Following the furore over the bishops' letter to the Prime Minister about refugees, I was asked to put pen to paper for the Yorkshire Post to explain why I agreed to be a signatory. The reason I agreed is that I had just spent the day meeting people who have been on the wrong end of war, displacement, humiliation and hopelessness – just like many of those escaping from the Iraq and Syria we have helped create. So, here is the article published this evening for tomorrow's paper.
I am not sure what the politicians and political commentators have been doing today? Still seething about the letter written by 84 bishops to the Prime Minister asking for a rethink on the numbers of refugees to be let into the UK? Still sitting behind screens being sarcastic about bishops and their big houses (which are actually their offices)? I have read today that some responses are becoming less hysterical now that the letter has actually been read.
Forgive me for being just a teensy bit touchy on this. I am in Sri Lanka visiting our link bishop of Colombo. The Church of England dioceses have links across the world: West Yorkshire and the Dales has close connections with Sudan, Tanzania, Sri Lanka, Sweden (Skara), USA (Southwestern Virginia), Pakistan and Germany (Erfurt, though, obviously, this is not an Anglican link).
In other words, rather than simply pontificating about situations, we actually have grassroots connections with them. When asked why the bishops don't wade in on, say, the 100,000 killed in South Sudan, well … actually we have and we do. We also go to Sudan and see the impact of the conflicts in the South. It could be argued that we know what we are talking about.
So, back to the letter to the Prime Minister. If you are one of those seething about the well-meaning bishops getting it wrong again, have a look at this first:
First, the bishops agreed the letter to David Cameron some five weeks ago. It was kept private. We were promised a response. Is not five weeks quite a long time to wait, especially as we were told we would hear soon? (Funnily enough, a letter from the Home Office arrived on Tuesday.)
Secondly, we were clear that we are not against the government, but responsible for asking the moral questions. To be portrayed (by some people who should know better) as anti-Conservative is wrong, lazy and ridiculous. Every government of every shade thinks the church is against them. Labour ought we were right wing; the Tories think we are all lefties. We just have to get used to the knee-jerk responses that this defensiveness provokes.
The job of bishops is not to be popular or simply to go with the current, dominant flow – of culture or power – but to tell the truth, even if we might eventually be proved wrong in some things. The church cannot duck its prophetic vocation. Read the Bible and we are always getting into trouble with the powers that be – it goes with the territory.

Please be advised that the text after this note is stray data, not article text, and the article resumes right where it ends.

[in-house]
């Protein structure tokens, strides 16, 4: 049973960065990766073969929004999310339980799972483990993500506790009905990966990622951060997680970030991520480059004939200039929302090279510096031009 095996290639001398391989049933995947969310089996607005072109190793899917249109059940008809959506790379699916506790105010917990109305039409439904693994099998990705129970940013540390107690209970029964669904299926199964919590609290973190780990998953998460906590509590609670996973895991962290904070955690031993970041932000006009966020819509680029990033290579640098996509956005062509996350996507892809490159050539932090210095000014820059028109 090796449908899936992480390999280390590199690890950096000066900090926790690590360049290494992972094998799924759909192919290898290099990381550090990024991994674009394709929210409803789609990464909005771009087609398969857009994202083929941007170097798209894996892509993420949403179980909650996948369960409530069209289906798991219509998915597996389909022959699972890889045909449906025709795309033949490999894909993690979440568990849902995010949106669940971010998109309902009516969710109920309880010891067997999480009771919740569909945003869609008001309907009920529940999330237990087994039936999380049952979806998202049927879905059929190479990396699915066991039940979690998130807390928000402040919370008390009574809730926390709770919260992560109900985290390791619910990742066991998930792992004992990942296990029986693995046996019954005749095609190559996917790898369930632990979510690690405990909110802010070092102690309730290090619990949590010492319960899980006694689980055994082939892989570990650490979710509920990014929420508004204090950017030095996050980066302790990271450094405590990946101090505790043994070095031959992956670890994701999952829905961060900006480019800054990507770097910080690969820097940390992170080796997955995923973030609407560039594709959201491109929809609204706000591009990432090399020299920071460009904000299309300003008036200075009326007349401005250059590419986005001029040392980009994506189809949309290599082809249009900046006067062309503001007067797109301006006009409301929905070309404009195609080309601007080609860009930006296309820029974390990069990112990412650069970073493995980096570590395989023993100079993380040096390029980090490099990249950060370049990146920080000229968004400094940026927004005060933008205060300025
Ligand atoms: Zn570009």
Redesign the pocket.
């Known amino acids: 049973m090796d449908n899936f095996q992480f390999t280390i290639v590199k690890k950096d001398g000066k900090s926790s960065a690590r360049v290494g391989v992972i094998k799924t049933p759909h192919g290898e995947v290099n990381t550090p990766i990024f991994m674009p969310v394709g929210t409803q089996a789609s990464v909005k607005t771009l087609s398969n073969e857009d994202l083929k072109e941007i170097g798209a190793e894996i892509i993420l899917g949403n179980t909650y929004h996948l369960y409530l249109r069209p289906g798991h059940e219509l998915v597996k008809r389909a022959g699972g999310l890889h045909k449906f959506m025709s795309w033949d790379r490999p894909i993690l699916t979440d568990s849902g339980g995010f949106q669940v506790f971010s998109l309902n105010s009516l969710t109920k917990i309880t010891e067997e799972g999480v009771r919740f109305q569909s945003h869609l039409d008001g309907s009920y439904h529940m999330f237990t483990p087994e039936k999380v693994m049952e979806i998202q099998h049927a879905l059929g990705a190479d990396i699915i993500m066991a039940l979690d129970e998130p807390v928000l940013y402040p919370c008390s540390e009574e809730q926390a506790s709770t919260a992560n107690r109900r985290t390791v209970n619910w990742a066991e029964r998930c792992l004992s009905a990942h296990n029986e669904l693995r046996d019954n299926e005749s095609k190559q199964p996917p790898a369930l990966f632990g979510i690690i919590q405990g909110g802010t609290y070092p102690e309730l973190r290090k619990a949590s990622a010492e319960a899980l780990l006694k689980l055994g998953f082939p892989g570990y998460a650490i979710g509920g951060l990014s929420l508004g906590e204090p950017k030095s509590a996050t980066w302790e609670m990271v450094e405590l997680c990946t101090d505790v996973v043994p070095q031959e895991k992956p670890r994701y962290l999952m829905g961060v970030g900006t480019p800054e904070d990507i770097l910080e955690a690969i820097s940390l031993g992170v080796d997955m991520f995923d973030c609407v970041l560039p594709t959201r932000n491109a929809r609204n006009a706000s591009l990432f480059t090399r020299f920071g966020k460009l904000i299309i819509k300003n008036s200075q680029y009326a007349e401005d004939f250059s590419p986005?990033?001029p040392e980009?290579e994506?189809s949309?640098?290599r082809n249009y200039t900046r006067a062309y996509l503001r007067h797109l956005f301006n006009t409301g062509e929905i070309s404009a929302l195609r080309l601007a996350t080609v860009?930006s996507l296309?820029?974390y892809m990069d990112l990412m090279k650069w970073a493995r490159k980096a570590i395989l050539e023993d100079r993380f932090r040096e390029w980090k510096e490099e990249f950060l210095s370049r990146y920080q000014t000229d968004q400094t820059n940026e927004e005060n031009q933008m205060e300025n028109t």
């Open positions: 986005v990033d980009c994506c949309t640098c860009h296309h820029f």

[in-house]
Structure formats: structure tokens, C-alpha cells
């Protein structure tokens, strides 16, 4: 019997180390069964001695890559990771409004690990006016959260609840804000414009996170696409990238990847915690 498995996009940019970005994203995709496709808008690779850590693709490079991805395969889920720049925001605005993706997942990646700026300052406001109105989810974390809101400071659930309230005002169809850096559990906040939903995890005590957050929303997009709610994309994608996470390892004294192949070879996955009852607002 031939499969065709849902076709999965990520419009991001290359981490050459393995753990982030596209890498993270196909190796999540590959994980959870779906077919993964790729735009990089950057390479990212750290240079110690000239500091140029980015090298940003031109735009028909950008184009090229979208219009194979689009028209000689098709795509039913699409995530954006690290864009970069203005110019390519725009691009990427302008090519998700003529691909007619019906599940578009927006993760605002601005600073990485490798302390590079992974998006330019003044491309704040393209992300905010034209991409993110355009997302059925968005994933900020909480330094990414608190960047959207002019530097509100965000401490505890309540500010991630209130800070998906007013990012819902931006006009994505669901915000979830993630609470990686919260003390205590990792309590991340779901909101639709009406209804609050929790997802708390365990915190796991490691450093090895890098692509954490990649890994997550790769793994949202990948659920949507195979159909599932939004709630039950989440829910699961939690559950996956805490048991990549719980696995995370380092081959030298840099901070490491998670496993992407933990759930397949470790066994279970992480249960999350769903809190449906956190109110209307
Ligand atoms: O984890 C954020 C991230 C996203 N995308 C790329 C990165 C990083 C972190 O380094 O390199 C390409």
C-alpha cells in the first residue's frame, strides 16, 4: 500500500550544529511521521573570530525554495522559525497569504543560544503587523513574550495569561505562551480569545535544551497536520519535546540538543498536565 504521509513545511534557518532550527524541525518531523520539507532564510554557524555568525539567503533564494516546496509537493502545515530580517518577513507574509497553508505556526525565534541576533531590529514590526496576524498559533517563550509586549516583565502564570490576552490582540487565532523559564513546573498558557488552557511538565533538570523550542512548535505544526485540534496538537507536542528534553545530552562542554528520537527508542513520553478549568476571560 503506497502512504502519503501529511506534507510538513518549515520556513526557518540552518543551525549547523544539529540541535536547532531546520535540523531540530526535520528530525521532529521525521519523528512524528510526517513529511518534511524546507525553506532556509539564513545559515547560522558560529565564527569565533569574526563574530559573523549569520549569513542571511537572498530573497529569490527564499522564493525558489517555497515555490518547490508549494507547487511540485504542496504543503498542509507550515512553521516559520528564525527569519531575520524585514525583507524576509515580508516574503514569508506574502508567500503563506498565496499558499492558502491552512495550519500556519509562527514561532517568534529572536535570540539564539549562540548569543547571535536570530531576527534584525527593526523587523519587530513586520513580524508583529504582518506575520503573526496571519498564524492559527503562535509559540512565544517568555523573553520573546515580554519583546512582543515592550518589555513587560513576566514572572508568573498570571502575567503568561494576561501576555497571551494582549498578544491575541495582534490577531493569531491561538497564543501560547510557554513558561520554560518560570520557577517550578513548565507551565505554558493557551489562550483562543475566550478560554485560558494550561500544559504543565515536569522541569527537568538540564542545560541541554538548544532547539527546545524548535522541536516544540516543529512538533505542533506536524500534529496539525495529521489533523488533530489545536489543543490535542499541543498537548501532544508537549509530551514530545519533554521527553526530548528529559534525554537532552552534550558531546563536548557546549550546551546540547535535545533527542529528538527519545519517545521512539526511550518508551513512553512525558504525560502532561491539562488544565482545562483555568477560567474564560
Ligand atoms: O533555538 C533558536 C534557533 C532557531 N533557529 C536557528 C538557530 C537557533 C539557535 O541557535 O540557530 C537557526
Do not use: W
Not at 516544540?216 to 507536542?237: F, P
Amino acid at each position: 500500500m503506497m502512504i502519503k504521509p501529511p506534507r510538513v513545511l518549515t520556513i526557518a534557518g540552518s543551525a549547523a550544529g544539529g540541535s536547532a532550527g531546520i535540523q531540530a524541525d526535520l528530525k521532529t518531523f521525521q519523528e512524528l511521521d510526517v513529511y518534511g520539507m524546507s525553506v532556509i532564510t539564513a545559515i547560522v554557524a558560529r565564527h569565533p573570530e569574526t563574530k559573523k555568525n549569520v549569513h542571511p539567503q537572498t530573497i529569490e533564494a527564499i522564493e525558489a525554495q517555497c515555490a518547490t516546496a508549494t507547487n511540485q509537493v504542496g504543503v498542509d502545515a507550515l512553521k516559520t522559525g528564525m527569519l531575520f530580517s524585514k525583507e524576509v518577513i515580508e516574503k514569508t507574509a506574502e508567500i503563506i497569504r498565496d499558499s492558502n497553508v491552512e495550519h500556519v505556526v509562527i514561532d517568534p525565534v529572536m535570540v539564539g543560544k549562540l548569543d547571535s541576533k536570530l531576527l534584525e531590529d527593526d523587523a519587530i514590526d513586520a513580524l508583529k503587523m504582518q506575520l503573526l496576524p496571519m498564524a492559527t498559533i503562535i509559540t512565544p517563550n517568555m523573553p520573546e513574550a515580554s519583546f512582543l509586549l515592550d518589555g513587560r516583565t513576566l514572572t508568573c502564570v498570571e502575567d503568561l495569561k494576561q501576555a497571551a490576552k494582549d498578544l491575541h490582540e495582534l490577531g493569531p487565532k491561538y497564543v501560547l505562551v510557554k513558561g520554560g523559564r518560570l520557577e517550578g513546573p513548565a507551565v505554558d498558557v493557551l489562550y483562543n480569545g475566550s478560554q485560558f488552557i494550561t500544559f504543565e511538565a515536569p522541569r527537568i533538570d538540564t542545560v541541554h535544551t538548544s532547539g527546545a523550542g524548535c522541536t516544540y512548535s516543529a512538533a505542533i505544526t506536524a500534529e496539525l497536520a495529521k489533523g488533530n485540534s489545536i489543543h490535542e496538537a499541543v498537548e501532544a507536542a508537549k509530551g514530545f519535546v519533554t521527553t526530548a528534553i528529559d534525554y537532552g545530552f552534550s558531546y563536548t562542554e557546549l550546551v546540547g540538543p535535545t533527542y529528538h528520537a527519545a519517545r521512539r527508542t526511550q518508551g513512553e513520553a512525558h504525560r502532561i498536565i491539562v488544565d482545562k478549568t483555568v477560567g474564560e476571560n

Thirdly, many dioceses are now already looking at how we might support refugee families in our areas, including issues of housing. Some are further down the road than others.
Fourthly, comments about how the bishops should get their own house in order before “lecturing the rest of us” should be recognised for what they are. No one is “lecturing” anyone. It was a letter. Spot the difference? And it was a letter directed to a particular person, not “the rest of us” – unless the commentators themselves are identifying so closely with the government that you have to question the independence of their judgement.
The focus of this argument should be on the plight of refugees and the causes of their plight. Arguing about which bishops are targets is a mere distraction.
Today (Tuesday) I have moved from Kandy to Jaffna in Sri Lanka. We visited small rural communities and met people whose limbs have been blown off (or worse) during the thirty year civil war that ended in vile brutality only five years ago. One man with no left leg and a mangled right leg and foot cannot work and cannot support his family. An elderly woman has lost all her relatives in the carnage and now is totally alone. We went to an orphanage run by the Church of Ceylon where we met the inspirational priest and his wife who led a group of mentally ill women through the war zone to safety; they also brought several dozen orphaned girls. They were separated and only found each other again once the war ended. The warden of the orphanage has only one leg.
How many of the commentariat have actually got out from behind their screens to meet real people with real faces and real lives? Just asking. Because this is how the church lives, and it is how the bishops learn reality away form our small island.
Syria is a catastrophe. It is not numbers who are fleeing – it is people. And their torment will continue long after they have escaped the immediate horrors.
Much of our conversation here revolves around the civil war and questions of the church's role in reconciliation. It is funny how similar questions about the relationship between church and state keep arising – as well as bishops' prophetic responsibility to not keep quiet for fear of upsetting the powers.
I think our letter might have been too gentle and diplomatic, after all.